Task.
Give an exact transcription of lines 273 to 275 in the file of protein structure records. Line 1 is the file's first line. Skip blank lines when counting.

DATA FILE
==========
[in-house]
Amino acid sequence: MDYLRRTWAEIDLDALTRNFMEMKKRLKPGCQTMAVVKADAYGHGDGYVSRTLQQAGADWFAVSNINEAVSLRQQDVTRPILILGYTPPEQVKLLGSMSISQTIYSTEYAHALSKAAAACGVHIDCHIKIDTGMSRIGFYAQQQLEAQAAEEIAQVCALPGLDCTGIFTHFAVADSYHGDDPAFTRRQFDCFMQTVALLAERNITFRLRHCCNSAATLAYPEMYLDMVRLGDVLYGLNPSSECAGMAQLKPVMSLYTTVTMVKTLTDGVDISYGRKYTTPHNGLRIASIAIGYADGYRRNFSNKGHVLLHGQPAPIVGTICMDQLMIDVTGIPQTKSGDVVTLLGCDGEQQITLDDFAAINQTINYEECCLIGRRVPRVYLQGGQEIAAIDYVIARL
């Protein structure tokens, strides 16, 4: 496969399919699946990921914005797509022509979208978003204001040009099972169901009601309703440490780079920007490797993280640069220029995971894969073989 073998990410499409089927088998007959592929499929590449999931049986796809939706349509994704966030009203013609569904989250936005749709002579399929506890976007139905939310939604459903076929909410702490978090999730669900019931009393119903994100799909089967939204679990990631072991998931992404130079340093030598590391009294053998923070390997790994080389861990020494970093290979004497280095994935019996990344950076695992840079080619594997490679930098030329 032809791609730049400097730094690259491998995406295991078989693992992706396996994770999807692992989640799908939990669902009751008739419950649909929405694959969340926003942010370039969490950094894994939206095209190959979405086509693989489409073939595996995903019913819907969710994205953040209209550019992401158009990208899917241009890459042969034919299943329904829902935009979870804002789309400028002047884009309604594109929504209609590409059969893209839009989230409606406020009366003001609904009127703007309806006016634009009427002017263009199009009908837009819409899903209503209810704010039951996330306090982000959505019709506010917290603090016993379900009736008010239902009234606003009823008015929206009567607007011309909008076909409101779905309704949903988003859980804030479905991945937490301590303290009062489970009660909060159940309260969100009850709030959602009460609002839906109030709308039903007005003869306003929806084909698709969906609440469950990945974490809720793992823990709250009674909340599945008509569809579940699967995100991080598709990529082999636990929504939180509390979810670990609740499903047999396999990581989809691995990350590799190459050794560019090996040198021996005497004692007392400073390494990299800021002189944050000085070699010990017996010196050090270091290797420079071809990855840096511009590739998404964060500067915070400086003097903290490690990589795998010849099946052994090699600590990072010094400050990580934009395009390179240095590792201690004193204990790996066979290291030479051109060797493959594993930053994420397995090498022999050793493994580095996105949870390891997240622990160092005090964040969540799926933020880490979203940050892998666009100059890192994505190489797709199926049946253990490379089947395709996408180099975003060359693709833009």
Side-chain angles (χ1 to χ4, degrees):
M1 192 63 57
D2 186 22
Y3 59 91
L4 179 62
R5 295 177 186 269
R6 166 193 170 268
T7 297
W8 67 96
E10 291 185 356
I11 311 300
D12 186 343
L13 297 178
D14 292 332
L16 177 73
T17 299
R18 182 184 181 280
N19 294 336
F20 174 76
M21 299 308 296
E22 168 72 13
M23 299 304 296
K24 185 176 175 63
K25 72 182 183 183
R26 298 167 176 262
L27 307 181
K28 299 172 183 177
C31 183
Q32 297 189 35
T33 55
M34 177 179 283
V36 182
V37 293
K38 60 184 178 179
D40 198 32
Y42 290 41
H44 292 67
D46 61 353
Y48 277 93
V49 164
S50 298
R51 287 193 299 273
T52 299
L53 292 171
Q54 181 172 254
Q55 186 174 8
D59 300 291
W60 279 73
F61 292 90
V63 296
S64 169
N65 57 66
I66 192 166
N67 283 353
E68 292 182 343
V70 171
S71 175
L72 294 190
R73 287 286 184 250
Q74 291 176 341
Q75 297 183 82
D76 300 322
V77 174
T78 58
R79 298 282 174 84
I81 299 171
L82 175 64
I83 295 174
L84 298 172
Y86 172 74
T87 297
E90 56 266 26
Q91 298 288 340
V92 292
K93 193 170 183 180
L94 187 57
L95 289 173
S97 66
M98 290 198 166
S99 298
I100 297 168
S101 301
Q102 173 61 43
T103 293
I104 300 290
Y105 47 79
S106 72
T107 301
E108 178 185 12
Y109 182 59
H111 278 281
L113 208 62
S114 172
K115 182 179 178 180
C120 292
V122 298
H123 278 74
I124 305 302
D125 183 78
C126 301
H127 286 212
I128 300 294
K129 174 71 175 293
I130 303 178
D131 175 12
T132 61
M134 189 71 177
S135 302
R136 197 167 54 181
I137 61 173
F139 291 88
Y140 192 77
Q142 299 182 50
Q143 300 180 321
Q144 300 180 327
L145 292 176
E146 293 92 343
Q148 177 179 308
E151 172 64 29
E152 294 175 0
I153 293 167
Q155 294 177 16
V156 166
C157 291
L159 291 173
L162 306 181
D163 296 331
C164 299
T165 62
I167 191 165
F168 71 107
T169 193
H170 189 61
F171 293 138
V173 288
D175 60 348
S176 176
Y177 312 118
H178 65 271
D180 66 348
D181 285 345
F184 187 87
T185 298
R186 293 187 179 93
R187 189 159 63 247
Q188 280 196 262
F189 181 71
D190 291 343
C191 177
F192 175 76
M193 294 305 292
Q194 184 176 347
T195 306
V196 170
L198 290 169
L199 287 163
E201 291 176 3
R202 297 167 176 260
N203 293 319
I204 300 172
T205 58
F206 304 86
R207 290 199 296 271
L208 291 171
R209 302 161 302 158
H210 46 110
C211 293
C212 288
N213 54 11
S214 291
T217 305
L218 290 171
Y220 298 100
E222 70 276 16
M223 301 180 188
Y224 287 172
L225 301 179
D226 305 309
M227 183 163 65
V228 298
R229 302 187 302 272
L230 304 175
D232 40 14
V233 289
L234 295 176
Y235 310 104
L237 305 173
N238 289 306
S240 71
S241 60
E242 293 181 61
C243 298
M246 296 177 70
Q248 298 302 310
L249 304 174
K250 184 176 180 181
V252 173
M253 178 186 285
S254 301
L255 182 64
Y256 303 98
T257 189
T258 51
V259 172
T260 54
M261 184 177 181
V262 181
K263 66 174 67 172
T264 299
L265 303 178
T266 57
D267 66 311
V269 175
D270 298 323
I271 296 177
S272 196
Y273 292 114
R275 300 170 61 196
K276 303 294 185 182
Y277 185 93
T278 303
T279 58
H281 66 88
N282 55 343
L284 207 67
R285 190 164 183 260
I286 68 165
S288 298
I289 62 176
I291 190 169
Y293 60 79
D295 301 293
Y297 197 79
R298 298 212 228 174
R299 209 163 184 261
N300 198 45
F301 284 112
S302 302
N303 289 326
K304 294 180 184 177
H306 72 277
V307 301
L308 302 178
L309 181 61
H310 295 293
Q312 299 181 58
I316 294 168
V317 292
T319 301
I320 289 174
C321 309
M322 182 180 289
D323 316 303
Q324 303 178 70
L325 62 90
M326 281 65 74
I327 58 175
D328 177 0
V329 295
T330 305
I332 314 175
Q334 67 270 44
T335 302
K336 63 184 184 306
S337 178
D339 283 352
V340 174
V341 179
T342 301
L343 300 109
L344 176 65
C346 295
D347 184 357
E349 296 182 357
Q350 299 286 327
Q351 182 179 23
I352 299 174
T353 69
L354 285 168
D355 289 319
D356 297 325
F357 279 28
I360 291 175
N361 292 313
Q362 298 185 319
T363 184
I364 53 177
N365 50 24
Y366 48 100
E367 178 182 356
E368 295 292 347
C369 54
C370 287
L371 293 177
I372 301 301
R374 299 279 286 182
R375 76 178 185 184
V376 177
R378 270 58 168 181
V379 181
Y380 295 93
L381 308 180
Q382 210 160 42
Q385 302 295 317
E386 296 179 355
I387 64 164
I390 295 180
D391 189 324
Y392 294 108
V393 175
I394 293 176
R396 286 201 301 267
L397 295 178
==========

L343 300 109
L344 176 65
C346 295